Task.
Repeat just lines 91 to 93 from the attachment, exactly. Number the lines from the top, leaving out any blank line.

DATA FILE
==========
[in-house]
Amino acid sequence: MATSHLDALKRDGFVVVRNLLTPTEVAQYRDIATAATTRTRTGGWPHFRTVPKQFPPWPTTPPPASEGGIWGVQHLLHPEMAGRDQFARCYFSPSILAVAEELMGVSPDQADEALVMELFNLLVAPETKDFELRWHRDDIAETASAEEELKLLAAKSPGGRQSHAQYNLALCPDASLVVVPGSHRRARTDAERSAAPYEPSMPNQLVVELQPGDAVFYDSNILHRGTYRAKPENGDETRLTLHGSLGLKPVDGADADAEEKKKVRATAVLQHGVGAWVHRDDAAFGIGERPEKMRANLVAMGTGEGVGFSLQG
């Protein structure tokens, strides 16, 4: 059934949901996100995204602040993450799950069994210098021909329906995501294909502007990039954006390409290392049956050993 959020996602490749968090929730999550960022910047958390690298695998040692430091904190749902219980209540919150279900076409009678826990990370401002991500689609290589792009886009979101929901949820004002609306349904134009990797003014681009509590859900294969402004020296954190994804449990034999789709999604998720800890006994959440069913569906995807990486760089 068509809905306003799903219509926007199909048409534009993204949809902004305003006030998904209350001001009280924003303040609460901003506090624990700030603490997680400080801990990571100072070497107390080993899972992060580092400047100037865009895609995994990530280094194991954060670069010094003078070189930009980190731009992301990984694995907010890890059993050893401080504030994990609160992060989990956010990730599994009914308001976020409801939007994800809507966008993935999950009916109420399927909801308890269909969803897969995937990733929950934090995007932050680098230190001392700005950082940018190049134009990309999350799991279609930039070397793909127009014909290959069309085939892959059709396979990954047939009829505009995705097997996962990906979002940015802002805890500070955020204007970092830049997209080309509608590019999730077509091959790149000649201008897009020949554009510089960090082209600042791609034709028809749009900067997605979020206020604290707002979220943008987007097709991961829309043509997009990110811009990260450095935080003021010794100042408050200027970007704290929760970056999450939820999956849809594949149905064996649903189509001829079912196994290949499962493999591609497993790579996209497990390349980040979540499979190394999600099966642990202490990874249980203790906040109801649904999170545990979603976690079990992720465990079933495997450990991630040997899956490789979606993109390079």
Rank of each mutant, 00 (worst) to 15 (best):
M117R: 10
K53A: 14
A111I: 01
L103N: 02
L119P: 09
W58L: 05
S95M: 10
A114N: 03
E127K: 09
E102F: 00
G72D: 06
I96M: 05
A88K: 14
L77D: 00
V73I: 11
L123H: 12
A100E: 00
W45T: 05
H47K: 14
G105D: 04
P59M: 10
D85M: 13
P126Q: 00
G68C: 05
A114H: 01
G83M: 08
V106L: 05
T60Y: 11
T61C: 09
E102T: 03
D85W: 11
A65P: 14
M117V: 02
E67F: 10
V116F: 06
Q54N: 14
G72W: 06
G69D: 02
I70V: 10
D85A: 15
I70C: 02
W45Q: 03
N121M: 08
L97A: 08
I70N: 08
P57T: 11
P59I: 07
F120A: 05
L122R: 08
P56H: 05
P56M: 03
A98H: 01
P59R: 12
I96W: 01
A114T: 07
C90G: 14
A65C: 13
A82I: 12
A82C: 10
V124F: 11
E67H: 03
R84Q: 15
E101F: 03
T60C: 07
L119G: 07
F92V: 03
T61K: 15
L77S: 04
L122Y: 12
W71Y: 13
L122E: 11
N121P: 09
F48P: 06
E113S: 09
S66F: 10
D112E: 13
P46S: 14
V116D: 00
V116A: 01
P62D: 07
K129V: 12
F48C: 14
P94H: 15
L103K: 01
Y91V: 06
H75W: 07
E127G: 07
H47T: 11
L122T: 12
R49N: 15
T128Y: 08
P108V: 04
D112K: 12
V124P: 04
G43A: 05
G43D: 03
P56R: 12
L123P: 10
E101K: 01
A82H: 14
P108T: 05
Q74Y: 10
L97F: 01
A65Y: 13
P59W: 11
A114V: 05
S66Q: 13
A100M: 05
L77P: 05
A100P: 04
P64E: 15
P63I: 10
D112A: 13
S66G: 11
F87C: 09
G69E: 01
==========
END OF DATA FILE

E127G: 07
H47T: 11
L122T: 12